He may have contributed to Phyllis's early idea that in some distant places there were "lords" and "ladies" and "gentry" connected in some general way to the king and queen. His privet hedges, trained with military precision, were also hers. She and her brothers were always on the lookout for passing horses and carts so that they could scuttle out with a bucket to collect up the manure for grandad's garden.
Grandad belonged to the Empire, and Phyllis to a school where Empire Day was celebrated with as much ceremony every year as it was in the Australian elementary school where a bit before Phyllis I marched back and forth across a playground.
Her own family were poor, especially in the winter. There was no money for winter clothes. Every autumn large strips of brown paper were cut in a waistcoat shape to fit each child and melted tallow wax was spread on the papers. These plasters while still hot were pressed on their chests and left on till the spring. There was usually work for her dad as a self-employed builder in the summer but much less in the winter. In winter they let insurances go, bought food on tick, borrowed from the loan club and mum half starved herself so that dad and the children could have enough, and dad something over for his beer.
Phyllis gradually emerged from the space under the kitchen table into the children's paradise of the street. "In a sense the space between our houses and those on the other side was used more like a private courtyard than a road." She and her many relatives and the friends who were like family - she knew and was known by "everyone" - had a freedom denied to people in council flats.
A decisive step was when she won a place at the Roan Grammar School. She was caught up in the educational mobility which took away so many of the stars from the working class. She was always close enough to her family to feel their pain too. It did not stop her from separating herself off. "When dad gave a particularly long and loud fart I no longer joined in the laughter and jokes that this could inspire." She was horrified when much later mum popped a lump of butter into her mouth to warm it and then spat it on to the bread. She even remonstrated with her husband when he licked his knife. After the grammar school she was always, according to her mum and dad, full of "airs and graces".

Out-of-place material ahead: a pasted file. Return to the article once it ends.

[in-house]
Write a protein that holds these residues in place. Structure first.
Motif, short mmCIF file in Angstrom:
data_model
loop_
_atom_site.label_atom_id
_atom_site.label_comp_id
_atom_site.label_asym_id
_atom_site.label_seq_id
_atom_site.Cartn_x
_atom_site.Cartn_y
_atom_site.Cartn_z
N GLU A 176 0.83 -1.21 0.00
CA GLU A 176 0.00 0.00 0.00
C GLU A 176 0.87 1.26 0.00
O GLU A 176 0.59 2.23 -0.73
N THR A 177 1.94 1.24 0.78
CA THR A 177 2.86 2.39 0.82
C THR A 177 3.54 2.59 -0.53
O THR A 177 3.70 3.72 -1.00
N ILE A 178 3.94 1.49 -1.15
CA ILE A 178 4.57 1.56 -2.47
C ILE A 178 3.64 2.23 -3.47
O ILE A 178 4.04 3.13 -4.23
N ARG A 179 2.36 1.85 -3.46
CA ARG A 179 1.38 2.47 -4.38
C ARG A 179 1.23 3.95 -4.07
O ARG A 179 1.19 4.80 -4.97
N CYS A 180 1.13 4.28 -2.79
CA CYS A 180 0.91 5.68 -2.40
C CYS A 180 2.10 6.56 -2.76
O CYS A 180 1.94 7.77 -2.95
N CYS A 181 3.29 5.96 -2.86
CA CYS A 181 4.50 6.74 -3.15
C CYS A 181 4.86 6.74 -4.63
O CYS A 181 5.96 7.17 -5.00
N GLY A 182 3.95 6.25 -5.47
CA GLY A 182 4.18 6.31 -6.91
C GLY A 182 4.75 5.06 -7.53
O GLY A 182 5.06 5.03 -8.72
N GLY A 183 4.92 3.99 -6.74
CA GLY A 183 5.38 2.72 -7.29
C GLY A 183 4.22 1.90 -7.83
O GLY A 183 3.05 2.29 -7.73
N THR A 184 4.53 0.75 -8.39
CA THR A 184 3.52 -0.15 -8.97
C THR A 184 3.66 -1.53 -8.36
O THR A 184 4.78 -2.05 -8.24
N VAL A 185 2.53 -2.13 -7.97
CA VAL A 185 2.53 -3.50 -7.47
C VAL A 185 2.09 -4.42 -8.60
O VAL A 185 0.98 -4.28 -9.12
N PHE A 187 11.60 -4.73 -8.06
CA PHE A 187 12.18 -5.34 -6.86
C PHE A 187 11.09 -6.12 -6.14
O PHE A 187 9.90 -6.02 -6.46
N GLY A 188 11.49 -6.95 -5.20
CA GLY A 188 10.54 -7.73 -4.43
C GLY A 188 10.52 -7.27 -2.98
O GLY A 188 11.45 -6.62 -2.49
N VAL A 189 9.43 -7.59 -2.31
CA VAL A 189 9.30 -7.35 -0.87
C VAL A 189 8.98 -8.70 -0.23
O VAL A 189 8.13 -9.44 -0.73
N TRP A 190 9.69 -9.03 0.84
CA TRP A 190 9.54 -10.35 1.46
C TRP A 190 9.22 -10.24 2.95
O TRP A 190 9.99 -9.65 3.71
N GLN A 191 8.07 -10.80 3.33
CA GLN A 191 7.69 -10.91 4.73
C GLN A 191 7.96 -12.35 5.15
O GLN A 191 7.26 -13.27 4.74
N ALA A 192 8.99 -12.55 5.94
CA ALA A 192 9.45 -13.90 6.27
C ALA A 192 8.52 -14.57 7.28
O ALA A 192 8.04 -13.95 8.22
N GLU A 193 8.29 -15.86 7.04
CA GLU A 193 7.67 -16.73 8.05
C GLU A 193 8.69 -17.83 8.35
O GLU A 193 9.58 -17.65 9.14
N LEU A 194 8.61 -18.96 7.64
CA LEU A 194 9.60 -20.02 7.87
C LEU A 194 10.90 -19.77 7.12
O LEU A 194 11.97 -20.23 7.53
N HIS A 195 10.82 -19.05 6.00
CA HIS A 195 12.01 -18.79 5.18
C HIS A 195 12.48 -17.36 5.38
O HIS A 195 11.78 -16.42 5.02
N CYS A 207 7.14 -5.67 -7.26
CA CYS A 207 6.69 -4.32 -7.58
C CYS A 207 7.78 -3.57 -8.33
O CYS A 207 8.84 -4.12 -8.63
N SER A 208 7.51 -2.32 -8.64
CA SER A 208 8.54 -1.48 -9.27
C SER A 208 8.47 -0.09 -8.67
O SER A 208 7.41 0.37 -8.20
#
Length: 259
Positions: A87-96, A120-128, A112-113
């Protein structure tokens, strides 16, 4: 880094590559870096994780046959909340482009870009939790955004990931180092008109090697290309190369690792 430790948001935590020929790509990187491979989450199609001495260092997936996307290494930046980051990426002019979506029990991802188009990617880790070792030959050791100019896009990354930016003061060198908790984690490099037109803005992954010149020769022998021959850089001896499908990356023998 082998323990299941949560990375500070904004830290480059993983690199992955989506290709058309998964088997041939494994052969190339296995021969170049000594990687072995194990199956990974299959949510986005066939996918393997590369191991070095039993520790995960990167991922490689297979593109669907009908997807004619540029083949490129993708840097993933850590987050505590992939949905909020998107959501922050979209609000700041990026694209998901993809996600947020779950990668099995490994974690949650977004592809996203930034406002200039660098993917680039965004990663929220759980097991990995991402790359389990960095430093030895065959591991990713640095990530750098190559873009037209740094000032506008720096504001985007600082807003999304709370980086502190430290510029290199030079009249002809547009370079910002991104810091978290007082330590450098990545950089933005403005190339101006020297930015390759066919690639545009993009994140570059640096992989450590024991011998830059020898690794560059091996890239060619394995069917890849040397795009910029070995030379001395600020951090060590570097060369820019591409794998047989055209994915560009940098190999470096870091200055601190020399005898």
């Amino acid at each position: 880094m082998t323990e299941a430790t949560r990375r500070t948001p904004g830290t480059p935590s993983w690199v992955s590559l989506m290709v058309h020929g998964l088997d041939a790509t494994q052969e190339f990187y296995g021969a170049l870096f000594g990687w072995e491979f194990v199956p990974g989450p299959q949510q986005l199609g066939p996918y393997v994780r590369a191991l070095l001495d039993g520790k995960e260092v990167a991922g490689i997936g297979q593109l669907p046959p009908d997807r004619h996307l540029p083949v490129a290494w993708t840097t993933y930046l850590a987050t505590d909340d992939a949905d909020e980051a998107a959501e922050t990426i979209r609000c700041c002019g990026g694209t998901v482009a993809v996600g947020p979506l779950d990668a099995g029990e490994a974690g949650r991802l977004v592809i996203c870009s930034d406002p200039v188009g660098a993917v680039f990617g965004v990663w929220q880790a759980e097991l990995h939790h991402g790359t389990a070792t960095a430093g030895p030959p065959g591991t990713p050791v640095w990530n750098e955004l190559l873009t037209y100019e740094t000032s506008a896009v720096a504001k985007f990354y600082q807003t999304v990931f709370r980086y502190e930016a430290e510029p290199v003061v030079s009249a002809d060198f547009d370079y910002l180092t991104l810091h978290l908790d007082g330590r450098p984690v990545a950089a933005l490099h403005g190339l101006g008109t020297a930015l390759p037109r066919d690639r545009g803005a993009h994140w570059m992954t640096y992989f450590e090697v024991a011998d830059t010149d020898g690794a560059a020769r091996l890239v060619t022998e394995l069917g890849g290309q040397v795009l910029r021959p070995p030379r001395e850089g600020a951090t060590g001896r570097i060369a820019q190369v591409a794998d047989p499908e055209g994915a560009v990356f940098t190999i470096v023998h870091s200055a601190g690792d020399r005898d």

It is a fascinating account, herself in the middle, her multitudinous family, her grammar school, her middle-class jobs and loves, and all of it livened by her sense of surprise that she is there at all. It is a pity it has been published, like Dickens, as a series of partworks, of which the first three parts are now out of print. It now needs all to be brought into one saga of the 20th century - a working-class Forsyte - and rounded out with a new part at the end. Treated like that, it will live on.
Lord Young is director, Institute of Community Studies.
Joys and Sorrows: Fragments from the Postwar Years
Author - Phyllis Willmott
ISBN - 0 7206 0931 3
Publisher - Peter Owen
Price - £15.95
Pages - 144